We've seen knit toys, sculptures and graffiti, and even an abandoned gas station covered in stitching. But an actual house made out of yarn? Isn't that inviting trouble from the Big Bad Wolf?
Kate Pokorny doesn't think so. The youthful crafter, who blogs at Yurt Alert, said she was living in NYC in 2006 when she started experimenting with crochet (in part because she was inspired by Margaret Wertheim's TED Talk on how the technique "can be used to represent hyperbolic space and coral reefs"). Further inspired by knit and crochet work by artists like Kwangho Lee, Claudy Jongstra and Christien Meindertsma, Pokorny developed an affinity for the shape of yurts, and discovered that Mongolian nomads had made felt for their homes "via a labor intensive process that still required an internal structure at the end of the day."
And so her project began. The goal is a self-supporting crocheted yurt, made out of hand-felted cording approximately 1.5 to 2 inches thick. The material will be sourced from wool produced locally in New Hampshire. It will be hand cleaned and prepped with aid from a local mill. It will take about 500 pounds of wool, and Pokorny is fundraising to purchase the stuff, as well as cleaning and processing supplies. "I already have 200 pounds of the wool and I've made the prototype, which came out terrific by hand-felting 40 feet of cording and crocheting it with my arm as the 'hook,'" she told me. "Visualize a woolly igloo."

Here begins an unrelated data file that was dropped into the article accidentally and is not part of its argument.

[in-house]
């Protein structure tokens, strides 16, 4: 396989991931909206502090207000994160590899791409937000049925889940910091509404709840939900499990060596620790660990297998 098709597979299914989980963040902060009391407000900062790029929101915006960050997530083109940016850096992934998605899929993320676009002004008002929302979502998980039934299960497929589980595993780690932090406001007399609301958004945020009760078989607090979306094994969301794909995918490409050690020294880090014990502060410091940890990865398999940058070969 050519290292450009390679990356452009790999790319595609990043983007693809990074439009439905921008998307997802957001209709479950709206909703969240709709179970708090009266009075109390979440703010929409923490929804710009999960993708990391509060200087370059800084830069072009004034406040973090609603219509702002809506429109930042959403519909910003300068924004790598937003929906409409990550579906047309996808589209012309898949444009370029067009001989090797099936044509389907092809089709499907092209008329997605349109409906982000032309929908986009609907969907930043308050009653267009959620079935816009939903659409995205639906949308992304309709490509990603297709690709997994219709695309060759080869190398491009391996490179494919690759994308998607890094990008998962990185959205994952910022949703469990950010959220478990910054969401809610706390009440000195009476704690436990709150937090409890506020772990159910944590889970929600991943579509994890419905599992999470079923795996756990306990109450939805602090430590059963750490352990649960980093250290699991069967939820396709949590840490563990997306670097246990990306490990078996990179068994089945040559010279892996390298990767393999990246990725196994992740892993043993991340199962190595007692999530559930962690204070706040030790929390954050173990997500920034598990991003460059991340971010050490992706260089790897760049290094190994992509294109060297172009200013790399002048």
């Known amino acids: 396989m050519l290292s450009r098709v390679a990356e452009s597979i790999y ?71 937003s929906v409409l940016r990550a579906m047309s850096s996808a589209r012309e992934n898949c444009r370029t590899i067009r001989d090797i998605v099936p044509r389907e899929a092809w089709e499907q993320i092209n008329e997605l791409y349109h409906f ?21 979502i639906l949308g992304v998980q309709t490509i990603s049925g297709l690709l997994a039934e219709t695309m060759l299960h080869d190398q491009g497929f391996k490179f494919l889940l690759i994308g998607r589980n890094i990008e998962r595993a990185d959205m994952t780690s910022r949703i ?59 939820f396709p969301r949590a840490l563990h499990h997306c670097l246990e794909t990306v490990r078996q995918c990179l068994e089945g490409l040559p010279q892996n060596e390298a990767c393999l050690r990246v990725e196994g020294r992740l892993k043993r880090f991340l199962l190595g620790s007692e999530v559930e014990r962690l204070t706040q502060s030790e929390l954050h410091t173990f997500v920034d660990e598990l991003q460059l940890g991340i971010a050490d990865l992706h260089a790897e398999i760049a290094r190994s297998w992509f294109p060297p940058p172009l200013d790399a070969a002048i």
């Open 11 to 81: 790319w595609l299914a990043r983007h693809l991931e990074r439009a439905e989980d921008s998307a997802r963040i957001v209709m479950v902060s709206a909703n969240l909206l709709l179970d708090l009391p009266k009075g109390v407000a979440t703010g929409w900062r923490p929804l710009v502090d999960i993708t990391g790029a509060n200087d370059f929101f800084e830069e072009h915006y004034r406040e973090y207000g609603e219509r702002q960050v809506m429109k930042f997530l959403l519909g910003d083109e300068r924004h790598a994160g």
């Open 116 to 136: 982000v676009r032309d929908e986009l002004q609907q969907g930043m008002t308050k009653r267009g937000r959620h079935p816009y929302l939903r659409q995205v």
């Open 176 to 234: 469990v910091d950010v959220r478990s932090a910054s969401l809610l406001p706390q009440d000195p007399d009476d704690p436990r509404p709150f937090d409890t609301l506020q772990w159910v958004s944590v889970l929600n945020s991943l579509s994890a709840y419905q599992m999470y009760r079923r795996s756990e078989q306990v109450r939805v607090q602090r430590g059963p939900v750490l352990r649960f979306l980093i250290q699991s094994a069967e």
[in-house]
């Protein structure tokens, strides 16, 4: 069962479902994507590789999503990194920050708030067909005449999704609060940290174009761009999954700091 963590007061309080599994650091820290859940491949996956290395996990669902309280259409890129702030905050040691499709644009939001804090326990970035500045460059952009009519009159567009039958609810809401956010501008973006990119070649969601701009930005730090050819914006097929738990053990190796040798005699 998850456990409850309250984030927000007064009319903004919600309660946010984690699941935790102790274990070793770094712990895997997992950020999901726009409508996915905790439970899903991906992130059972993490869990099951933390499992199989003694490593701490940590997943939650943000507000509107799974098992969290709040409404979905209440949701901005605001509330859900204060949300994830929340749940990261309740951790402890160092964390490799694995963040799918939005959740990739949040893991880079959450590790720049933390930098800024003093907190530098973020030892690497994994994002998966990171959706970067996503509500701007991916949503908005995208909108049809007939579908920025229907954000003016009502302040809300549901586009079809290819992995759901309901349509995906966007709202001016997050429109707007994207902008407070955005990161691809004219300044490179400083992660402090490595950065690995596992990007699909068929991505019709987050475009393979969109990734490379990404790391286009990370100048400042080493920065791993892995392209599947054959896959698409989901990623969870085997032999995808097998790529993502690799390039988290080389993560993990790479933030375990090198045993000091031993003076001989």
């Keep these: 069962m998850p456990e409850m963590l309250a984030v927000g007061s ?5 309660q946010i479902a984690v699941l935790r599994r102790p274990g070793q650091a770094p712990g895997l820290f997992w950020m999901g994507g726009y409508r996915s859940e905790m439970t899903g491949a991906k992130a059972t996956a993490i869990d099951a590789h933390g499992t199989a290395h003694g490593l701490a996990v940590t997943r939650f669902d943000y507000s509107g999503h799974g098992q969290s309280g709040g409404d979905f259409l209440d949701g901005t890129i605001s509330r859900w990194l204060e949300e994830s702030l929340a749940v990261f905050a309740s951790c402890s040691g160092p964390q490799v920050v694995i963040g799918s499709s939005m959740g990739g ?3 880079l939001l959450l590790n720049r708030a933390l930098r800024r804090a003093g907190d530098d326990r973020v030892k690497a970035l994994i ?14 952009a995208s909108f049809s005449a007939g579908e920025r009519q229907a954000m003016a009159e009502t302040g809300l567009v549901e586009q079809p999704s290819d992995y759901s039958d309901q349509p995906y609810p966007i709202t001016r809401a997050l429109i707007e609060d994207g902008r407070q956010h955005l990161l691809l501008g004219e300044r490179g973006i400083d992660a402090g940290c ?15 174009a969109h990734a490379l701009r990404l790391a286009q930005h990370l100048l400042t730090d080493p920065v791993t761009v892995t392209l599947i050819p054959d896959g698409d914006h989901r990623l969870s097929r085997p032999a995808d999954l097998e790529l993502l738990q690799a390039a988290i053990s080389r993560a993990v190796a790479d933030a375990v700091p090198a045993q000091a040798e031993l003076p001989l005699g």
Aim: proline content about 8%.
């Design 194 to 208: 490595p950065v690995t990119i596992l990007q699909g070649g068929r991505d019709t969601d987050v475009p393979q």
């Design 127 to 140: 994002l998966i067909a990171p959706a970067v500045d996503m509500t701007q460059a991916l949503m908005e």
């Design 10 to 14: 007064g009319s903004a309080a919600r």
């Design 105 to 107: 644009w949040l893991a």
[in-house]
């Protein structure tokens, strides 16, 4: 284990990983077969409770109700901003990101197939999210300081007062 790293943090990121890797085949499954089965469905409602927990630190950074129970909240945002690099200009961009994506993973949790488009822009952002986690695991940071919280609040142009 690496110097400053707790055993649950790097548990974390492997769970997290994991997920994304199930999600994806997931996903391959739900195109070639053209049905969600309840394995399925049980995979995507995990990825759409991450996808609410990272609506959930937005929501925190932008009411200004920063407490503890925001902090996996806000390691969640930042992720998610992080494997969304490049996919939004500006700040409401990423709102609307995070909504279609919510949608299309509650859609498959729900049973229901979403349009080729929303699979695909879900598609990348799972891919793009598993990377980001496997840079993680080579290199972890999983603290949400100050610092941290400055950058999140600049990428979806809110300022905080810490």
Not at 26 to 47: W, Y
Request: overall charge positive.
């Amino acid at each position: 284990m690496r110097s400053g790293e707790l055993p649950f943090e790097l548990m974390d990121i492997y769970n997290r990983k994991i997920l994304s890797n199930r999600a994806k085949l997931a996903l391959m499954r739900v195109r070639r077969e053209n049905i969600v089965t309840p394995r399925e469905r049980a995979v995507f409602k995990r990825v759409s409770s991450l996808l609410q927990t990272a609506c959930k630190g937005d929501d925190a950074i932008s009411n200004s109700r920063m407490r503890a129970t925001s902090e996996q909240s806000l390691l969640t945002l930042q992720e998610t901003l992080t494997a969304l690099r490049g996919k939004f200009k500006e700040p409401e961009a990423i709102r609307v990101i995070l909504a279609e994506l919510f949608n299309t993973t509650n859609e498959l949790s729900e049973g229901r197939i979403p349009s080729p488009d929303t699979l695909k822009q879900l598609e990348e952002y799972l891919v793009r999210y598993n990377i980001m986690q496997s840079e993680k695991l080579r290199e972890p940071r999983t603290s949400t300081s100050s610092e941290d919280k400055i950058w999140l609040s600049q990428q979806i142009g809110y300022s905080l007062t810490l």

Pokorny is raising money through Kickstarter, a crowdsourced funding platform for creative projects. Donate now or learn more about it. She currently has $1,767 pledged, out of a goal of $5,500, with 65 days left to go on the campaign. Some 31 people have chipped in. There are different levels of sponsorship, starting at $1, with higher amounts scoring you some crocheted scale models, photos and even the chance to spend a couple of nights in the finished dwelling. Donors can also help crochet part of the structure.
Pokorny says she has received advice and support from people around the world, including mathematicians, structural engineers, sustainable designers, shepherds, felters, architects, artists, students and more. "It's really been an incredible lesson in community building for me already and I haven't even made the yurt yet!" she says.
"Wool is a renewable resource and crochet is a strong, unique, regular system with which to built lasting products," Pokorny writes on Kickstarter. "The dome and arch shape has been used throughout time due to its lasting strength. We're hoping to apply this proof of concept further to other materials, shapes, sizes and uses including recycled, collapsible homeless shelters or winter plant covers, etc."
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